New Russian Tank May Work on Its Own One Day

One designer says the Armata drives and feels like a modern SUV
By Newser Editors and Wire Services
Posted Jun 12, 2015 11:40 AM CDT
New Russian Tank May Work on Its Own One Day
In this photo taken on May 4, 2015, Russian Armata tanks make their way to Red Square during a rehearsal for the Victory Day military parade in Moscow.   (Alexander Zemlianichenko)

Russia's new tank, the Armata, is expected to form the backbone of the nation's armed forces for years to come. Its designers say the new machine may evolve into a fully robotic vehicle that could operate autonomously on the battlefield. Here's a look at some of the key features of the new tank:

  • Remote-controlled turret: The Armata is groundbreaking in having this weapon mount, as well as an internal capsule for the crew that's isolated from ammunition and fuel, a layout that could significantly increase the chances for crew survival if the tank is hit.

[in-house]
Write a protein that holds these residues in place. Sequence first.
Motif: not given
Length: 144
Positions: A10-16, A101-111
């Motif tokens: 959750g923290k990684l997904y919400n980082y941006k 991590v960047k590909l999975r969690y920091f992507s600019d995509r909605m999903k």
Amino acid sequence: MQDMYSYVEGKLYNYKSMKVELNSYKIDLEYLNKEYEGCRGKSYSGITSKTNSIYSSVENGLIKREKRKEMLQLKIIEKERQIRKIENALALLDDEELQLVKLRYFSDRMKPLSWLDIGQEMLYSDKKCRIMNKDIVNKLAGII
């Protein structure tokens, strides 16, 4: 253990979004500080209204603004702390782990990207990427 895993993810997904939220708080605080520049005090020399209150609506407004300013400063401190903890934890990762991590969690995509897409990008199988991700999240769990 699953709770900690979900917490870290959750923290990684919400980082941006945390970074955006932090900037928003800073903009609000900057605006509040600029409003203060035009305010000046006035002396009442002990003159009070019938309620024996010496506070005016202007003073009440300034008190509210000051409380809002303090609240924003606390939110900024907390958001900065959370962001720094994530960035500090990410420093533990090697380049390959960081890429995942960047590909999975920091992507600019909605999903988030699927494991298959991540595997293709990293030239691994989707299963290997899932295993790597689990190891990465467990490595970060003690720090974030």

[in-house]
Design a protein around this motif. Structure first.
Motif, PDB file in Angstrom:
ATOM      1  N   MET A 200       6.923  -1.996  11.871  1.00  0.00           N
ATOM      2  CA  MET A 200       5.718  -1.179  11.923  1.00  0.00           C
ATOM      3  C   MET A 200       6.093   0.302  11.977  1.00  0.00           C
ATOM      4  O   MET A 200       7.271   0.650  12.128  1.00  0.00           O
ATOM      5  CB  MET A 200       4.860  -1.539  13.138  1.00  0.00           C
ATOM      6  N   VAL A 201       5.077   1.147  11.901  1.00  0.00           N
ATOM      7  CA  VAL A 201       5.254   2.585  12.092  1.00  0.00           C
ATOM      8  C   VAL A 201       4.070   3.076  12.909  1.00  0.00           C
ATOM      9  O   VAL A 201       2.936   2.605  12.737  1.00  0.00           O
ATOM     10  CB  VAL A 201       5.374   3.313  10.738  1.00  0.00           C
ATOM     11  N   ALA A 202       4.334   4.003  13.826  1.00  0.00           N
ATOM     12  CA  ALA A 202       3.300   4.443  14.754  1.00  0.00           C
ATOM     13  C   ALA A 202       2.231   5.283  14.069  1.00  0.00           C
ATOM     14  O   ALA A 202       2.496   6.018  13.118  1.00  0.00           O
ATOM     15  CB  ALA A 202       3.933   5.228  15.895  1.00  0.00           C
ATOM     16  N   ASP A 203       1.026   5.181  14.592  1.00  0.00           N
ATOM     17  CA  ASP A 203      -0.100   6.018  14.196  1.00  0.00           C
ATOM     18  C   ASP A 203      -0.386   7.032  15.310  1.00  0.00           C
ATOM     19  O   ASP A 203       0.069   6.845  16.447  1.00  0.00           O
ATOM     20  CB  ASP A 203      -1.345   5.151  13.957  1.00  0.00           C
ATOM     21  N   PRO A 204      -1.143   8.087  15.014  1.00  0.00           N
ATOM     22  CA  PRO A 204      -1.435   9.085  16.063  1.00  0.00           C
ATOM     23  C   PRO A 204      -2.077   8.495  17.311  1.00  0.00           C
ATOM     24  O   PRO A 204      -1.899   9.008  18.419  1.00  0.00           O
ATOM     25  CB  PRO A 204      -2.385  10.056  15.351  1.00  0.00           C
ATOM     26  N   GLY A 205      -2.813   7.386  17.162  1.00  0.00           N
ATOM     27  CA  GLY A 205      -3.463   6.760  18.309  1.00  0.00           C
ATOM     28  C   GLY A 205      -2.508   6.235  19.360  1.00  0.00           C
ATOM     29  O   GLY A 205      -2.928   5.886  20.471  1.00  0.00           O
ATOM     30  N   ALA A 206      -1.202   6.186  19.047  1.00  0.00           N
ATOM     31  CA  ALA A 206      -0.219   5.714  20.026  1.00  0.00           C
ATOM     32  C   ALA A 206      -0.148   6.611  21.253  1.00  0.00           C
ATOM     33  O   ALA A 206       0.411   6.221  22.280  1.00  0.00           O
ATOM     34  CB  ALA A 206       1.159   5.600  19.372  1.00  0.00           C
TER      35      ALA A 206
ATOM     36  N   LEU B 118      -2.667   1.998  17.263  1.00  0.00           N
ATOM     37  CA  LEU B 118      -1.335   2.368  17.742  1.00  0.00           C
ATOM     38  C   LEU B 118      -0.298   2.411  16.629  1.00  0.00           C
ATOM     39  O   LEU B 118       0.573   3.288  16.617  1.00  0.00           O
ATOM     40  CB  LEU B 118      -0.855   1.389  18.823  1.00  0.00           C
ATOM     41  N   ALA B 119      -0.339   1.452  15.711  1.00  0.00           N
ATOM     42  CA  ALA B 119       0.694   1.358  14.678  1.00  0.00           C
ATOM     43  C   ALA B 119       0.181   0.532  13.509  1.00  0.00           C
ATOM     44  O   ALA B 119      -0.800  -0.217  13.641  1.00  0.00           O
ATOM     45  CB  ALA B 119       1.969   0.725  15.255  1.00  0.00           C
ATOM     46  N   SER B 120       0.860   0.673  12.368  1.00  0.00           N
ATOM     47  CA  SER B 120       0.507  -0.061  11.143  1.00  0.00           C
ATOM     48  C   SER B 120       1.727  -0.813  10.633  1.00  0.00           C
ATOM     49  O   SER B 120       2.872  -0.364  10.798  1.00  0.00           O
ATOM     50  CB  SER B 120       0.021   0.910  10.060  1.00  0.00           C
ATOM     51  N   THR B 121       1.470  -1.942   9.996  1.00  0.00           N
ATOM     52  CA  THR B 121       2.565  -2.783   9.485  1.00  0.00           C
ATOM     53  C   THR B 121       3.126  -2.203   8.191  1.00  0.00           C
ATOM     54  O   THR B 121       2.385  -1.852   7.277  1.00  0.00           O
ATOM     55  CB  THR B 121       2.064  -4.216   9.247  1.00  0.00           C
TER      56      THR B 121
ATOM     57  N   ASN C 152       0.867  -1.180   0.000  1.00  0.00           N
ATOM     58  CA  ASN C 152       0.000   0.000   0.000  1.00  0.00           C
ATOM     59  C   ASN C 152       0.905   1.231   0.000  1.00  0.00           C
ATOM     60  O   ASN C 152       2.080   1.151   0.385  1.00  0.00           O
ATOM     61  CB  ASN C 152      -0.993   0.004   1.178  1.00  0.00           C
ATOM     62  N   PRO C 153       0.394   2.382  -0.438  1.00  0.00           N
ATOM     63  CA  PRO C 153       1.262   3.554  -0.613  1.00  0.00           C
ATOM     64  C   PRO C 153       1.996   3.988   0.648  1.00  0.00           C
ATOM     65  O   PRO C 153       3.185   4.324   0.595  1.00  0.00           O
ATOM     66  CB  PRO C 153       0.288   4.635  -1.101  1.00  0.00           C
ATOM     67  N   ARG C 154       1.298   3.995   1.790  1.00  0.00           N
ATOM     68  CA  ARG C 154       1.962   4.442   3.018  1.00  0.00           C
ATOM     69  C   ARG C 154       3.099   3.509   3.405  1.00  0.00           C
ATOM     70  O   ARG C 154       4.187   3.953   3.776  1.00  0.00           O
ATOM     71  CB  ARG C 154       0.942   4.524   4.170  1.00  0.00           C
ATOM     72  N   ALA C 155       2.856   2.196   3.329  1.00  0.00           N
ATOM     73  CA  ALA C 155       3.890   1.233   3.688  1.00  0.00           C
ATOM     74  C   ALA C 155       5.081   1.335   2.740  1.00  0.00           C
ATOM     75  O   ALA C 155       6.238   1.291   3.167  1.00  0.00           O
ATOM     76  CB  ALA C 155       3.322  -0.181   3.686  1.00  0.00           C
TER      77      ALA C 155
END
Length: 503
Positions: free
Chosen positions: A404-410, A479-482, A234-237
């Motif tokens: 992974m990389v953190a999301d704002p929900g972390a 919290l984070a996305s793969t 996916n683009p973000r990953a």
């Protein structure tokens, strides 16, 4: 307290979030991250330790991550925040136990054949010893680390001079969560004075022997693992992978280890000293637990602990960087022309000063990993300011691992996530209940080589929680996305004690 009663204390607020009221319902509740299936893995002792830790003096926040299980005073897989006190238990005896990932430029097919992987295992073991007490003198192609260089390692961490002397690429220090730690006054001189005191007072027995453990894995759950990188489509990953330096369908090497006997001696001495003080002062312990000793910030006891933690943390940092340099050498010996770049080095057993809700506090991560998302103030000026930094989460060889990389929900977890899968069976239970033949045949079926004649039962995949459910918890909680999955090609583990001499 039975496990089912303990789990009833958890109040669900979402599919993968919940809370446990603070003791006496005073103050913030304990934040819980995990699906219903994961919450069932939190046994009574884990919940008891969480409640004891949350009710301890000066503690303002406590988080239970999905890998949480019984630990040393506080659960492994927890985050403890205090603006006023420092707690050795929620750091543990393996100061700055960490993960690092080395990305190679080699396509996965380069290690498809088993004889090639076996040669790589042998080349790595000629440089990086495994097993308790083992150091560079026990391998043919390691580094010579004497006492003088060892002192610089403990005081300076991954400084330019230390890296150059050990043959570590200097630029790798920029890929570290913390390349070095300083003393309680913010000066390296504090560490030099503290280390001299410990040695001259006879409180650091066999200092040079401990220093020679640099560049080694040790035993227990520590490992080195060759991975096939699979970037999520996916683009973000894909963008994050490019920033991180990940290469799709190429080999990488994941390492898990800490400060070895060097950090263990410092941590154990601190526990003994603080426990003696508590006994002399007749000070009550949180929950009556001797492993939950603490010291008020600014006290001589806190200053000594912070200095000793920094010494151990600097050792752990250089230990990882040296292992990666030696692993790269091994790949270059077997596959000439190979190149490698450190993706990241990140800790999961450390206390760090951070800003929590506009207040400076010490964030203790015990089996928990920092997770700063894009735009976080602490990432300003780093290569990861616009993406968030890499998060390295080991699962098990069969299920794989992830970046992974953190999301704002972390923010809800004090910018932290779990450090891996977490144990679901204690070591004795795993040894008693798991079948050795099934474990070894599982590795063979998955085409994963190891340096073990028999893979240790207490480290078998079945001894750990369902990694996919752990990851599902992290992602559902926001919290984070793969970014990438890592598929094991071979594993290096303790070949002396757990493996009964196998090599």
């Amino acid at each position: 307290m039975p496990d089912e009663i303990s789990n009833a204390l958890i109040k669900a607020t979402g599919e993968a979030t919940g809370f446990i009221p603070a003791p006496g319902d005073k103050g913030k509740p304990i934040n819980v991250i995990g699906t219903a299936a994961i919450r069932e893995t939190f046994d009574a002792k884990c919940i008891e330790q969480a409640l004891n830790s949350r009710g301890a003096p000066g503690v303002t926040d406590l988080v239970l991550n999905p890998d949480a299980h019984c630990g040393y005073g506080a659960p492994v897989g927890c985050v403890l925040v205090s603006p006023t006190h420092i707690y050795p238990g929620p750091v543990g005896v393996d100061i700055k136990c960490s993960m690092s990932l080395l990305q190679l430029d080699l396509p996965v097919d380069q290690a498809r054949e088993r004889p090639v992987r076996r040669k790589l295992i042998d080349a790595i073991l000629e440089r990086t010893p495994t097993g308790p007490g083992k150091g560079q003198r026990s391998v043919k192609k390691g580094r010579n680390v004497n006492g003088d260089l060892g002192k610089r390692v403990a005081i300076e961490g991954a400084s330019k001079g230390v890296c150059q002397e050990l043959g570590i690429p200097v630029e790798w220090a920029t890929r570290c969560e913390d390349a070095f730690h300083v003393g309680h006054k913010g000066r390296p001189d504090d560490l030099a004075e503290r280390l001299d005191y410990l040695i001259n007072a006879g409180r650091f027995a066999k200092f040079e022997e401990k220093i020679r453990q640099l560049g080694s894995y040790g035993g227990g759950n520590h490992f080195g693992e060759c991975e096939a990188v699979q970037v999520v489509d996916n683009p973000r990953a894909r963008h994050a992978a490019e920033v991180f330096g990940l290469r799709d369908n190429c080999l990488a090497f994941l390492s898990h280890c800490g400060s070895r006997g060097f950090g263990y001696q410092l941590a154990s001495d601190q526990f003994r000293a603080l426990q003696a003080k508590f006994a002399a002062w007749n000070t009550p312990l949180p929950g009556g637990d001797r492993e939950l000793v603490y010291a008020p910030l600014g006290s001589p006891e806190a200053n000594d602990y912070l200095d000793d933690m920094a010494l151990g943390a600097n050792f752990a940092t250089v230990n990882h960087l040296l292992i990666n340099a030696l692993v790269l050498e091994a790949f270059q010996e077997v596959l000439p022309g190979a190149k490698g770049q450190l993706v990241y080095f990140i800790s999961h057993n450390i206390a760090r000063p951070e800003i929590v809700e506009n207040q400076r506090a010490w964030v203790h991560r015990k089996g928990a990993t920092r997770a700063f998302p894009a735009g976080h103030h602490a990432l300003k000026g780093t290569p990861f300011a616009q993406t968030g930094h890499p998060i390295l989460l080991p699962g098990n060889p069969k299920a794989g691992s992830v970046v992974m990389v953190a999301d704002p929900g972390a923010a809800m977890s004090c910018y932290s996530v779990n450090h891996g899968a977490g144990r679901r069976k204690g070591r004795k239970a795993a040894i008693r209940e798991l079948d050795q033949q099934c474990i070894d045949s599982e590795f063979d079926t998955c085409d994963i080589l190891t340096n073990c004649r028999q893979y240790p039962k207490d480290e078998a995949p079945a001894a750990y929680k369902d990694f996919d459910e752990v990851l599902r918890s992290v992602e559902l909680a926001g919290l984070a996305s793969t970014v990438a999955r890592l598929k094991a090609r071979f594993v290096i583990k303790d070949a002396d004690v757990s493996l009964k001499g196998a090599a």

• More room: While previous Russian tanks featured a low silhouette and compact size at the expense of crew comfort, the Armata is significantly bigger and heavier. Designers say they put special emphasis on ergonomics: One says the new tank is as pleasant and easy to drive as a modern SUV.
  • Computerized controls: The Armata features a digital control system that directs its movement, tracks targets, and activates the tank's defense systems, freeing the crew from performing routine tasks to allow it to focus on key combat functions. "It's like playing a video game," one of the designers says.

  • Superior protection: The Armata uses a new type of armor designers say is significantly more resistant to enemy fire. It's also protected by an improved version of reactive armor and is equipped with a so-called active protection system that, when it spots an enemy projectile, fires a round to destroy it or knock it off its path.
  • Super cannon: The current Armata is equipped with a standard-caliber 125mm cannon that can fire both regular shells and rockets. But designers say a much more powerful 152mm cannon could be easily fitted to the Armata in the future.
(More Russia stories.)

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